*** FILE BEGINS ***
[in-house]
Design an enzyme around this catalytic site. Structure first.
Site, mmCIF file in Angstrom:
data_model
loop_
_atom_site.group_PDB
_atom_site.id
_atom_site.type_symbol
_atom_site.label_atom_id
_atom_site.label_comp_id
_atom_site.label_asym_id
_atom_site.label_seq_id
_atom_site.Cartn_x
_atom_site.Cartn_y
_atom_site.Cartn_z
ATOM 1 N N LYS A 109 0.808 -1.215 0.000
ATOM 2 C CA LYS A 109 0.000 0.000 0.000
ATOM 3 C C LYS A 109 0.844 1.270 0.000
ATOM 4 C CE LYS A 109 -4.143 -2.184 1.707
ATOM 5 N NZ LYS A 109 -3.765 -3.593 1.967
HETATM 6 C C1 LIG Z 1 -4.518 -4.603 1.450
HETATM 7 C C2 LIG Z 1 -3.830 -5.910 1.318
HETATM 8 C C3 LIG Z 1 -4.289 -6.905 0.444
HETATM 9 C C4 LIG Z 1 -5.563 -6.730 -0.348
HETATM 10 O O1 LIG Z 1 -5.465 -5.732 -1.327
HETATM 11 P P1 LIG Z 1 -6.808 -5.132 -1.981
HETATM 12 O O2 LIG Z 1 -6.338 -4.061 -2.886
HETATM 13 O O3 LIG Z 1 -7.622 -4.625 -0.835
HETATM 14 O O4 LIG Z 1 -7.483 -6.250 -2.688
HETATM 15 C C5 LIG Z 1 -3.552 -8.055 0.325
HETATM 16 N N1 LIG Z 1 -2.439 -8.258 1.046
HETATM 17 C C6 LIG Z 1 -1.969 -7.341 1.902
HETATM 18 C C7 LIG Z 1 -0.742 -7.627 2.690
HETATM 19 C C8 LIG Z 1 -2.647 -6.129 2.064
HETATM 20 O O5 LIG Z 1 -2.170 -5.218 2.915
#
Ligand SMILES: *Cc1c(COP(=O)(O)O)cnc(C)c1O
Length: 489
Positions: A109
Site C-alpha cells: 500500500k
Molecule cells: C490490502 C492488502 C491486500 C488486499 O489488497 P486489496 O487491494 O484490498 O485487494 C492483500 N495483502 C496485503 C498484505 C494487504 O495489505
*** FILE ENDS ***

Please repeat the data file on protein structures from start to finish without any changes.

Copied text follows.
[in-house]
Design an enzyme around this catalytic site. Structure first.
Site, mmCIF file in Angstrom:
data_model
loop_
_atom_site.group_PDB
_atom_site.id
_atom_site.type_symbol
_atom_site.label_atom_id
_atom_site.label_comp_id
_atom_site.label_asym_id
_atom_site.label_seq_id
_atom_site.Cartn_x
_atom_site.Cartn_y
_atom_site.Cartn_z
ATOM 1 N N LYS A 109 0.808 -1.215 0.000
ATOM 2 C CA LYS A 109 0.000 0.000 0.000
ATOM 3 C C LYS A 109 0.844 1.270 0.000
ATOM 4 C CE LYS A 109 -4.143 -2.184 1.707
ATOM 5 N NZ LYS A 109 -3.765 -3.593 1.967
HETATM 6 C C1 LIG Z 1 -4.518 -4.603 1.450
HETATM 7 C C2 LIG Z 1 -3.830 -5.910 1.318
HETATM 8 C C3 LIG Z 1 -4.289 -6.905 0.444
HETATM 9 C C4 LIG Z 1 -5.563 -6.730 -0.348
HETATM 10 O O1 LIG Z 1 -5.465 -5.732 -1.327
HETATM 11 P P1 LIG Z 1 -6.808 -5.132 -1.981
HETATM 12 O O2 LIG Z 1 -6.338 -4.061 -2.886
HETATM 13 O O3 LIG Z 1 -7.622 -4.625 -0.835
HETATM 14 O O4 LIG Z 1 -7.483 -6.250 -2.688
HETATM 15 C C5 LIG Z 1 -3.552 -8.055 0.325
HETATM 16 N N1 LIG Z 1 -2.439 -8.258 1.046
HETATM 17 C C6 LIG Z 1 -1.969 -7.341 1.902
HETATM 18 C C7 LIG Z 1 -0.742 -7.627 2.690
HETATM 19 C C8 LIG Z 1 -2.647 -6.129 2.064
HETATM 20 O O5 LIG Z 1 -2.170 -5.218 2.915
#
Ligand SMILES: *Cc1c(COP(=O)(O)O)cnc(C)c1O
Length: 489
Positions: A109
Site C-alpha cells: 500500500k
Molecule cells: C490490502 C492488502 C491486500 C488486499 O489488497 P486489496 O487491494 O484490498 O485487494 C492483500 N495483502 C496485503 C498484505 C494487504 O495489505